Territo added that courts have rejected money damages to challengers of such laws.
The firm representing American Traffic Solutions has brought in Michael Wolff, a former Missouri Supreme Court chief justice and current dean of the St. Louis University School of Law, to take the lead in the appeal, a company spokesman said.
In the Ellisville case, the court said a “voluntary payment doctrine” prevents someone who has already paid the $100 red-light camera fine from seeking a refund. Under that doctrine, the court said, someone who voluntarily pays a fine “with full knowledge of all the facts” cannot use a lawsuit to recover the payment, unless there has been fraud or duress.
In the meantime, at least 11 cities throughout Missouri confirmed that they have suspended issuing citations and will wait until the dust settles around the appellate court’s decision.
Ellisville City Attorney George Restovich said everything is on hold “until we are essentially guided by the decision of the Supreme Court.” City officials, he added, are “trying to evaluate what is in the best interests” of its residents.
In Kansas City, which has halted use of its 28 red-light cameras, the City Council is expected to consider some ordinance changes this week to comply with the ruling, said Chris Hernandez, a municipal spokesman. That law was patterned after the Creve Coeur ordinance the court upheld in 2011.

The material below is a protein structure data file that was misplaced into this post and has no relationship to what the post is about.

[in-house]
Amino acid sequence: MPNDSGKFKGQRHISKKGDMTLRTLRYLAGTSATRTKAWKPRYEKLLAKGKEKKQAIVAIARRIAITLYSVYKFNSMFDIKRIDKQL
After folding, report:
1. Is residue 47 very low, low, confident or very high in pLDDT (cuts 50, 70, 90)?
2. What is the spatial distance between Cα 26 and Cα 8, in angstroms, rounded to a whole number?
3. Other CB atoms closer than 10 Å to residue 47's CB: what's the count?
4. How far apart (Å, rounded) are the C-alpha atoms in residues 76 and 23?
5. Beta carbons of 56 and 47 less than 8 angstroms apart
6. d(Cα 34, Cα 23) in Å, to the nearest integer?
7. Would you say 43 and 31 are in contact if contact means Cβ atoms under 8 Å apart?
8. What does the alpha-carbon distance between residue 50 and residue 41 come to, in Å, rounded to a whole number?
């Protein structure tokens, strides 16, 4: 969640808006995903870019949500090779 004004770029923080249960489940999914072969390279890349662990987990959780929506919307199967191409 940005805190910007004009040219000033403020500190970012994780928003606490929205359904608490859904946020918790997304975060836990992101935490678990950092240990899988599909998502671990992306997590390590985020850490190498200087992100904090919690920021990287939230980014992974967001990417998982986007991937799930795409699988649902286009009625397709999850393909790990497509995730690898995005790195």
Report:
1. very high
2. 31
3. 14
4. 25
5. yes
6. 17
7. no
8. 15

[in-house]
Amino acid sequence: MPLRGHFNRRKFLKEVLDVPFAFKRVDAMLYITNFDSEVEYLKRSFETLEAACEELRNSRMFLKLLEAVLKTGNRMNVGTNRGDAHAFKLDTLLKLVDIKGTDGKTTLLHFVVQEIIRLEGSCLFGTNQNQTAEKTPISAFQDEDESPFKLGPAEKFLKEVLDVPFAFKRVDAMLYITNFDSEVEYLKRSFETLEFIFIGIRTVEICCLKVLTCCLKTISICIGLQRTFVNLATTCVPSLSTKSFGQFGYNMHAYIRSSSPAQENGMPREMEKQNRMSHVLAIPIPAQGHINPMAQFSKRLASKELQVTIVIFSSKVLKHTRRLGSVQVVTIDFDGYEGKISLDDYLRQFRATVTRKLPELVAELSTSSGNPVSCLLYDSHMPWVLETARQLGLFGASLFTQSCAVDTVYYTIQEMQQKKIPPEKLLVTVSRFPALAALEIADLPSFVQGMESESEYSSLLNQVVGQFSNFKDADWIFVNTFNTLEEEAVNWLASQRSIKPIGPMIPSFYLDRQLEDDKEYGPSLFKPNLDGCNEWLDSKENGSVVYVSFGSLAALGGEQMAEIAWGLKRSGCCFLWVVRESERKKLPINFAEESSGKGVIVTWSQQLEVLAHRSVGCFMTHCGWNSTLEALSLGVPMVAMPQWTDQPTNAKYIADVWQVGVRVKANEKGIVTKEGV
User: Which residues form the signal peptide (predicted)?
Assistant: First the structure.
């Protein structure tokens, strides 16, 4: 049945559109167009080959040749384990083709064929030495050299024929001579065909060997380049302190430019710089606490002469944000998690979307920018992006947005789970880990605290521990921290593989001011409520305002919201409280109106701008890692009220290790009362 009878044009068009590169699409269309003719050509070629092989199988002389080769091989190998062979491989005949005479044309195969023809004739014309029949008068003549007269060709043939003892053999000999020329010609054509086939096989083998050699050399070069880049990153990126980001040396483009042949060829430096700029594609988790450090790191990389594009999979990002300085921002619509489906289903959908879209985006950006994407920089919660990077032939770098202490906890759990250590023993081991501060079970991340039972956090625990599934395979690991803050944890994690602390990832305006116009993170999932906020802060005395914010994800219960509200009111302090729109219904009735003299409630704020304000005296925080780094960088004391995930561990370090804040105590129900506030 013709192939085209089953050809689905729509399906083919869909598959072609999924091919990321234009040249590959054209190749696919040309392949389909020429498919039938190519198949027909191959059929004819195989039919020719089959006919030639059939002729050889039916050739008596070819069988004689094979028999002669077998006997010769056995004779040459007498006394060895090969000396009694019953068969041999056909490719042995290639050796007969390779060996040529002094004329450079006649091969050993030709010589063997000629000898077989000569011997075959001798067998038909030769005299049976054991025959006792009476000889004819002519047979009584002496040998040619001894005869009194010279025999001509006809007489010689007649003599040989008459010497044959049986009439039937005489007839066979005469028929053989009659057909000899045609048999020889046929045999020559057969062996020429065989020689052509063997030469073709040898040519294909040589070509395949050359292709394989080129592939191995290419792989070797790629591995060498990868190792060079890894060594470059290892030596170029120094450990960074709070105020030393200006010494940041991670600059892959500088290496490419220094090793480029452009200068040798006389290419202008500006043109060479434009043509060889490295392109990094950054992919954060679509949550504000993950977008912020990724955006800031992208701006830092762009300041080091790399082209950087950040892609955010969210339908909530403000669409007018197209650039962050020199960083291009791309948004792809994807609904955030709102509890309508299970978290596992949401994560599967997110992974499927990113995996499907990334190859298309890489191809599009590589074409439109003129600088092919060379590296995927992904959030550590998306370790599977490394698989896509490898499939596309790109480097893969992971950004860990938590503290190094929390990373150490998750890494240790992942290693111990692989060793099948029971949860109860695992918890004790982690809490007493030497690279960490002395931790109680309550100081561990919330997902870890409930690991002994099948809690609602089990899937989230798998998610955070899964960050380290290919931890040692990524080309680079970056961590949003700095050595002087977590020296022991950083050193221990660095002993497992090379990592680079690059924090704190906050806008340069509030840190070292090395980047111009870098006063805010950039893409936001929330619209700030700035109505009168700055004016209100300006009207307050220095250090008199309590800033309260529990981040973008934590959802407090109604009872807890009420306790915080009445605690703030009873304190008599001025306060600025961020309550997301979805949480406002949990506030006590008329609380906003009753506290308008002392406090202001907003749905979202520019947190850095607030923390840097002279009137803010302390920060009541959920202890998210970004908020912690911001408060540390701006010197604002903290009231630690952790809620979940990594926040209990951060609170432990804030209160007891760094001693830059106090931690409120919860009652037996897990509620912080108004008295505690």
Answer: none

Communities that have suspended use of cameras insist that drivers still must pay for tickets already issued.
Earlier this month, the St. Peters Board of Aldermen approved an ordinance to assess penalty points against drivers caught on cameras that photograph both the car and driver. In addition, the city has appealed a St. Charles County Circuit judge’s ruling that concluded state law requires points for such moving violations.
The city of St. Louis, which has 70 red-light cameras at 35 intersections, said the Ellisville ruling does not affect its program because its ordinance is different. St. Louis, for instance, gives vehicle owners an opportunity to dispute that they were behind the wheel at the time the violation was photographed.
St. Louis officials credit the red-light cameras with reducing violations at photo-enforced intersections.
Officials in several red-light-camera cities — including Creve Coeur, Beverly Hills, Bel-Nor, Webster Groves and Hannibal — did not return multiple telephone calls from a reporter seeking comment on the status of their programs.
One legal expert said it makes sense that some cities are pausing to regroup.
“In this case, it is sensible for local governments that have ordinances that are similar to the Ellisville ordinance to take a step back and consider whether they want to continue with these programs in the absence of a higher court ruling,” said Richard Reuben, a professor at the University of Missouri School of Law. He specializes in state and local government law.
Reuben added that the red-light cameras do raise questions about fairness and procedural justice, and ultimately might undermine citizen respect for public authority.
“People’s willingness to comply with rules is a function of how fair they feel those rules were promulgated and implemented,” Reuben said. “When they’re implemented in a ‘gotcha’ way, it undermines people’s respect for the rule of law.”